10.
Eur J Neurosci ; 43(9): 1173-80, 2016 05.
Artigo em Inglês | MEDLINE | ID: mdl-26797854

RESUMO

Understanding how genetics influences obesity, brain activity and eating behaviour will add important insight for developing strategies for weight-loss treatment, as obesity may stem from different causes and as individual feeding behaviour may depend on genetic differences. To this end, we examined how an obesity risk allele for the FTO gene affects brain activity in response to food images of different caloric content via functional magnetic resonance imaging (fMRI). Thirty participants homozygous for the rs9939609 single nucleotide polymorphism were shown images of low- or high-calorie food while brain activity was measured via fMRI. In a whole-brain analysis, we found that people with the FTO risk allele genotype (AA) had increased activity compared with the non-risk (TT) genotype in the posterior cingulate, cuneus, precuneus and putamen. Moreover, higher body mass index in the AA genotype was associated with reduced activity to food images in areas important for emotion (cingulate cortex), but also in areas important for impulse control (frontal gyri and lentiform nucleus). Lastly, we corroborate our findings with behavioural scales for the behavioural inhibition and activation systems. Our results suggest that the two genotypes are associated with differential neural processing of food images, which may influence weight status through diminished impulse control and reward processing.


Assuntos
Dioxigenase FTO Dependente de alfa-Cetoglutarato/genética , Encéfalo/fisiologia , Imaginação , Comportamento Impulsivo , Obesidade/genética , Polimorfismo de Nucleotídeo Único , Recompensa , Adulto , Alelos , Mapeamento Encefálico , Estudos de Casos e Controles , Emoções , Humanos , Imagem por Ressonância Magnética , Masculino
11.
Sleep Med ; 16(1): 87-93, 2015 Jan.
Artigo em Inglês | MEDLINE | ID: mdl-25441744

RESUMO

OBJECTIVE: To examine associations of self-reported sleep disturbance and short sleep duration with the risk for academic failure. METHODS: A cohort of ~40,000 adolescents (age range: 12-19 years) who were attending high school grades 7, 9, and 2nd year of upper secondary school in the Swedish Uppsala County were invited to participate in the Life and Health Young Survey (conducted between 2005 and 2011 in Uppsala County, Sweden). In addition to the question how many subjects they failed during the school year (outcome variable), subsamples of adolescents also answered questions related to subjective sleep disturbance (n = 20,026) and habitual sleep duration (n = 4736) (exposure variables). Binary logistic regression analysis was utilized to explore if self-reported sleep disturbances and habitual short sleep duration (defined as less than 7-8 h sleep per night) increase the relative risk to fail subjects during the school year (controlled for possible confounders, e.g. body-mass-index). RESULTS: Adolescents with self-reported sleep disturbances had an increased risk for academic failure (i.e., they failed at least one subject during the school year; OR: boys, 1.68; girls, 2.05, both P < 0.001), compared to adolescents without self-reported sleep disturbances. In addition, adolescents who reported short sleep duration on both working and weekend days were more likely to fail at least one subject at school than those who slept at least 7-8 h per night (OR: boys, 4.1; girls, 5.0, both P < 0.001). CONCLUSION: Our findings indicate that reports of sleep disturbance and short sleep duration are linked to academic failure in adolescents. Based on our data, causality cannot be established.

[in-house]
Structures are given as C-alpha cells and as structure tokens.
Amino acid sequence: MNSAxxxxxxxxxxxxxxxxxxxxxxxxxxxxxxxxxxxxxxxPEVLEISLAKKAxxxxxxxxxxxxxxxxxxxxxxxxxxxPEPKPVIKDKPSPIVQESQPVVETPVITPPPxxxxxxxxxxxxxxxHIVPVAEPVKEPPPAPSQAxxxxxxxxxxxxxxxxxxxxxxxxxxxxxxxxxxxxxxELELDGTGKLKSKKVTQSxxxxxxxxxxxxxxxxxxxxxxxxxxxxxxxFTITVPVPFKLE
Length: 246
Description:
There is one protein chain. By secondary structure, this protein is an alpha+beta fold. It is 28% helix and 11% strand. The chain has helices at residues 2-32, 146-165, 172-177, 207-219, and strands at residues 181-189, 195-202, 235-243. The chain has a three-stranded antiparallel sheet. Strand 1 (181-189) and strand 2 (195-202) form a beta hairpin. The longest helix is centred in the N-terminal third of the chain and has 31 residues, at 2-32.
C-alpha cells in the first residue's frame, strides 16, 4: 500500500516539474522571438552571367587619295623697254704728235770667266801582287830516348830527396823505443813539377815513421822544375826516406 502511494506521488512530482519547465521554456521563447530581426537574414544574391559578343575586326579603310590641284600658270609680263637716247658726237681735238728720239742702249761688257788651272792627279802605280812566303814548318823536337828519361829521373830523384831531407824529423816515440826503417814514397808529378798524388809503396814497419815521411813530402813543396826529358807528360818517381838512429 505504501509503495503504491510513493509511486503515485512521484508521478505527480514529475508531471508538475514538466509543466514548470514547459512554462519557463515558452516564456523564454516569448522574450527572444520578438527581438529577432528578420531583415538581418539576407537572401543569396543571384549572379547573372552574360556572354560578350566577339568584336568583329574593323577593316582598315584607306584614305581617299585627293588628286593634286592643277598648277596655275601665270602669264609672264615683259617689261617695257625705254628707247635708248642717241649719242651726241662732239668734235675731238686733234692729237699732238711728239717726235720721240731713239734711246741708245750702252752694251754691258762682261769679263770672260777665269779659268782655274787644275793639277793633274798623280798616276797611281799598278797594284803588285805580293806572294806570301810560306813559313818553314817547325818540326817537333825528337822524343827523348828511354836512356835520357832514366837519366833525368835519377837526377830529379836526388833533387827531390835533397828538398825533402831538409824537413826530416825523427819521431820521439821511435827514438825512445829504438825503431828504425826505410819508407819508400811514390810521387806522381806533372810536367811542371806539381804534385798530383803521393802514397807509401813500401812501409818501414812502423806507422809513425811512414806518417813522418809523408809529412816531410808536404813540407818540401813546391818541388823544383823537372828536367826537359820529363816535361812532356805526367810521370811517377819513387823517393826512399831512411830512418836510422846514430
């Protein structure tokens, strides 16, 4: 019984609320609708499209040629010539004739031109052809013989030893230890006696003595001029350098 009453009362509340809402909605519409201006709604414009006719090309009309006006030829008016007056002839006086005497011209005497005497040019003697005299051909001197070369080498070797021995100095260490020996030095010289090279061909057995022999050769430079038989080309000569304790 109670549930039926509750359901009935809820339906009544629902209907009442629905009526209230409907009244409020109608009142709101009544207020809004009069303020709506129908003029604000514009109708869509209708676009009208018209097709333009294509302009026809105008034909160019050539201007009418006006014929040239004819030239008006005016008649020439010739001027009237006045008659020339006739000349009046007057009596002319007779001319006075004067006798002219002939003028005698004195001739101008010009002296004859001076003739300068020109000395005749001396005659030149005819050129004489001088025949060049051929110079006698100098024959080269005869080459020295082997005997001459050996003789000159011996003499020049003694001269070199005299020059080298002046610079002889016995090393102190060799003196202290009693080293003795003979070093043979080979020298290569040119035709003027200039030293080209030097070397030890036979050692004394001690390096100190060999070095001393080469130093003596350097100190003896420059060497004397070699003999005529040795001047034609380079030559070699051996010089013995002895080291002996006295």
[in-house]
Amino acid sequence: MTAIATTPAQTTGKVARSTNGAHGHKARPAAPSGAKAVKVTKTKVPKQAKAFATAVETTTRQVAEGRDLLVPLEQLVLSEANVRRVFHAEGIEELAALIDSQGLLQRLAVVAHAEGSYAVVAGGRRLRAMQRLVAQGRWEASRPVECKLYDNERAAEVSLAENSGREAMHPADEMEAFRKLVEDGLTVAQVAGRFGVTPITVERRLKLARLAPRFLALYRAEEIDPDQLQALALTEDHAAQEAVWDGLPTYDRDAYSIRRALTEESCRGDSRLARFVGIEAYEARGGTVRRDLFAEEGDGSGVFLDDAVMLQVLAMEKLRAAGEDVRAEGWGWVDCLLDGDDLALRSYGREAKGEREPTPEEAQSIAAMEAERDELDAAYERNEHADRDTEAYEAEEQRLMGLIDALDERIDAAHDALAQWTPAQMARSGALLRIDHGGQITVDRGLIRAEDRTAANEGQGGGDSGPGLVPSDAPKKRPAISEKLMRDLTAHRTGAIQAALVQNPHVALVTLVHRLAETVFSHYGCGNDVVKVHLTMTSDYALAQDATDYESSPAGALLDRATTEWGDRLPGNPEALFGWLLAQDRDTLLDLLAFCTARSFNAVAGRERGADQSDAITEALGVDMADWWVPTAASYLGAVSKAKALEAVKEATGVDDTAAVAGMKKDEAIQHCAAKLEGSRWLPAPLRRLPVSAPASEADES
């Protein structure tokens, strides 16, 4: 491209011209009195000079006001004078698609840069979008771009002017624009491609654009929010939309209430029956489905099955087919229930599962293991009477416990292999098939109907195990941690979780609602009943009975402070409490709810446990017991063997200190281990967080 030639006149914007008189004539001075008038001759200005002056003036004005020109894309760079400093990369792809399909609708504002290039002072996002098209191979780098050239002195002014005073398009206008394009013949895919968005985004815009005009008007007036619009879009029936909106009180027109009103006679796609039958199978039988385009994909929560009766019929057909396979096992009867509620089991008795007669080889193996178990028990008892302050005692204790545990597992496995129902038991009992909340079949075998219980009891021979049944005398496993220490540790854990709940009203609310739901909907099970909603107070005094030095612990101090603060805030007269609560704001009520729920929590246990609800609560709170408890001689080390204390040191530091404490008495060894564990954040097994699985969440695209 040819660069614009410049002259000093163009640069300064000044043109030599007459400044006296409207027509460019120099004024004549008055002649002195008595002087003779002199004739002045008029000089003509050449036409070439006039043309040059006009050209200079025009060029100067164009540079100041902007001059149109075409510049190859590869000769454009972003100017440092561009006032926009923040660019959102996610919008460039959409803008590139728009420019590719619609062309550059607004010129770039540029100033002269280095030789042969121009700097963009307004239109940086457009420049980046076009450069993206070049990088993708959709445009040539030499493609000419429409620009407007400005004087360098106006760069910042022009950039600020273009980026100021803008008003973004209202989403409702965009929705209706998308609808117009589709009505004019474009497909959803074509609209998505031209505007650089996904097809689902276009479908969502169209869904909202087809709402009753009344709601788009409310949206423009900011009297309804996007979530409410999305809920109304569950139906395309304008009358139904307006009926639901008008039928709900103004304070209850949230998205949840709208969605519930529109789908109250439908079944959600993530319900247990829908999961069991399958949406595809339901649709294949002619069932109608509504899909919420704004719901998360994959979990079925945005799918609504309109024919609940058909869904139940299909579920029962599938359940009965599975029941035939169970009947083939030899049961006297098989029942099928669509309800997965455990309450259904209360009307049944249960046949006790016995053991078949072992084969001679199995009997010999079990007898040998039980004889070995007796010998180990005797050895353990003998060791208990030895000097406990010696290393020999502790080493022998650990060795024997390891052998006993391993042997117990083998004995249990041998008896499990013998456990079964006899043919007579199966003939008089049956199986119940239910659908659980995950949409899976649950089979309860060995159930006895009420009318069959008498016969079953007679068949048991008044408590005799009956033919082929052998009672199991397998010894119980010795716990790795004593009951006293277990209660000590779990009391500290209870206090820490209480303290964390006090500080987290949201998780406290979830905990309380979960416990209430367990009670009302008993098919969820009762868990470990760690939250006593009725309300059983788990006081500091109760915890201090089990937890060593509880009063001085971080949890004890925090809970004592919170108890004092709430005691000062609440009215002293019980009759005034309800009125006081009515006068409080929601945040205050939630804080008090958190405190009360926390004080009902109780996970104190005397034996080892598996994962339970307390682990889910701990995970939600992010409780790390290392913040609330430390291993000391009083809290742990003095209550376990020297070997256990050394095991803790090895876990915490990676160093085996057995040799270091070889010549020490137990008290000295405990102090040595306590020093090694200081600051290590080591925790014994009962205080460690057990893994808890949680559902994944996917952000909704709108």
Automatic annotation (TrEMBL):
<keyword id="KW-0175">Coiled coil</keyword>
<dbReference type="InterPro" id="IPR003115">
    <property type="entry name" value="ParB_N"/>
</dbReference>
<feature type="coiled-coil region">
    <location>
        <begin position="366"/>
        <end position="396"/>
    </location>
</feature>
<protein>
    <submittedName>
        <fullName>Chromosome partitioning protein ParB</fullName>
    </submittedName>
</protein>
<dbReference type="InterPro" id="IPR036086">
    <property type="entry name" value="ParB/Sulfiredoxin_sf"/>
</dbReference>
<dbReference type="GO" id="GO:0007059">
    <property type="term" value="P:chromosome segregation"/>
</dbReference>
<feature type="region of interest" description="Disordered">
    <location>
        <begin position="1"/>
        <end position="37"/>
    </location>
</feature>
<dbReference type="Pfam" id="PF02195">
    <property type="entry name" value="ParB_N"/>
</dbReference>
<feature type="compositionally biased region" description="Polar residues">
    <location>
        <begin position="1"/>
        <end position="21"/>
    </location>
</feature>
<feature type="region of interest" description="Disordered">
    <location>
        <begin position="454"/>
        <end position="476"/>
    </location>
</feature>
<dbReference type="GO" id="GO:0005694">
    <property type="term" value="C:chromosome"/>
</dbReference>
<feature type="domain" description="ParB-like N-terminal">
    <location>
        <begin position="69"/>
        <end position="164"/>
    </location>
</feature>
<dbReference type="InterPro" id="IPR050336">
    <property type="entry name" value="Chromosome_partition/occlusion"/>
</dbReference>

Assuntos
Escolaridade , Transtornos do Sono-Vigília/complicações , Transtornos do Sono-Vigília/psicologia , Adolescente , Comportamento do Adolescente , Criança , Estudos de Coortes , Feminino , Hábitos , Humanos , Masculino , Fatores de Risco , Autorrelato , Fatores Sexuais , Suécia , Adulto Jovem
12.
Exp Gerontol ; 48(12): 1443-8, 2013 Dec.
Artigo em Inglês | MEDLINE | ID: mdl-24126083

RESUMO